There’s a good article from George Monbiot today, highlighting the obvious but usually unmentionable point that the British (and American) political system has been entirely captured by the corporations. They really run the country, with the politicians simply fronting the show.
Implicitly echoing Russell Brand’s point about the futility of voting, Monbiot notes that Britain’s Labour party is now just another party of capital, making the British political system a mirror of the US one:
Tony Blair and Gordon Brown purged the party of any residue of opposition to corporations and the people who run them. That’s what New Labour was all about. Now opposition MPs stare mutely as their powers are given away to a system of offshore arbitration panels run by corporate lawyers.
Since Blair, parliament operates much as Congress in the United States does: the lefthand glove puppet argues with the righthand glove puppet, but neither side will turn around to face the corporate capital that controls almost all our politics.
There’s even a rare dig at the liberal media – in this case, the BBC – for conspiring in this charade.
That the words corporate power seldom feature in the corporate press is not altogether surprising. It’s more disturbing to see those parts of the media that are not owned by Rupert Murdoch or Lord Rothermere acting as if they are.
For example, for five days every week the BBC’s Today programme starts with a business report in which only insiders are interviewed. They are treated with a deference otherwise reserved for God on Thought for the Day. There’s even a slot called Friday Boss, in which the programme’s usual rules of engagement are set aside and its reporters grovel before the corporate idol. Imagine the outcry if Today had a segment called Friday Trade Unionist or Friday Corporate Critic.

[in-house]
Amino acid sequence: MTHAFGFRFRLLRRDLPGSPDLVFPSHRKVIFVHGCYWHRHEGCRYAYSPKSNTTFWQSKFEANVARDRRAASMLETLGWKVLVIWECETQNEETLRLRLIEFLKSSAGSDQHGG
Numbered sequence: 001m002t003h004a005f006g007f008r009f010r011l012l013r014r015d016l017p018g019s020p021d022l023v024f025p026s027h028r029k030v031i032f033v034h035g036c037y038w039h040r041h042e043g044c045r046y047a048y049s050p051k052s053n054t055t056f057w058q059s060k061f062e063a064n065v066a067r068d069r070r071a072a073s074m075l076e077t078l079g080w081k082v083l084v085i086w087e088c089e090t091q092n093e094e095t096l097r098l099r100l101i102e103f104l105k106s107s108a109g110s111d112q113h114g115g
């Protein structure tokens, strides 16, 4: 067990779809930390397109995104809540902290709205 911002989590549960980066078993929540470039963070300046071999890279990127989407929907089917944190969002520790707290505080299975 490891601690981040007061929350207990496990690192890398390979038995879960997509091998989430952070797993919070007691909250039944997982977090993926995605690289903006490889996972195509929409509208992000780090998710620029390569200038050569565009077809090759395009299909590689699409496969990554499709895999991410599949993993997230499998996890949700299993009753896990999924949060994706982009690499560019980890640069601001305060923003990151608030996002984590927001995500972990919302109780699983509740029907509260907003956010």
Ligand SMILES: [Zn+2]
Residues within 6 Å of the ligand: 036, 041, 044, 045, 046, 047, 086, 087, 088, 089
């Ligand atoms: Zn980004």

This, in my view, is a much graver breach of BBC guidelines than giving unchallenged airtime to one political party but not others, as the bosses are the people who possess real power – those, in other words, whom the BBC has the greatest duty to accost. Research conducted by the Cardiff school of journalism shows business representatives now receive 11% of airtime on the BBC’s 6 o’clock news (this has risen from 7% in 2007), while trade unionists receive 0.6% (which has fallen from 1.4%). Balance? Impartiality? The BBC puts a match to its principles every day.
Monbiot’s basic assumption here is questionable. He suggests that those media not owned by proprietors like Murdoch are not part of the corporate press. The implication is that the BBC is only acting as if it is owned by a corporation, when in fact it isn’t. There is a further implication that the Guardian – Monbiot’s employer – is not only not owned by a corporation but that it also doesn’t behave as if it is.
The reality is that the trusts overseeing the BBC and the Guardian are simply foils to distract us from the fact that they are as much embedded in the corporate world as the Murdoch-owned media.
The Guardian Media Group’s chief income derives from the transport, property and software industries. And the BBC is really owned by the British government, which decides on its level of income through the licence fee. Even a perusal of the BBC Trust members shows that they are heavily drawn from the establishment, with half of the current board having received honours from the Queen. The other half can presumably look forward to an honour when they retire from the trust.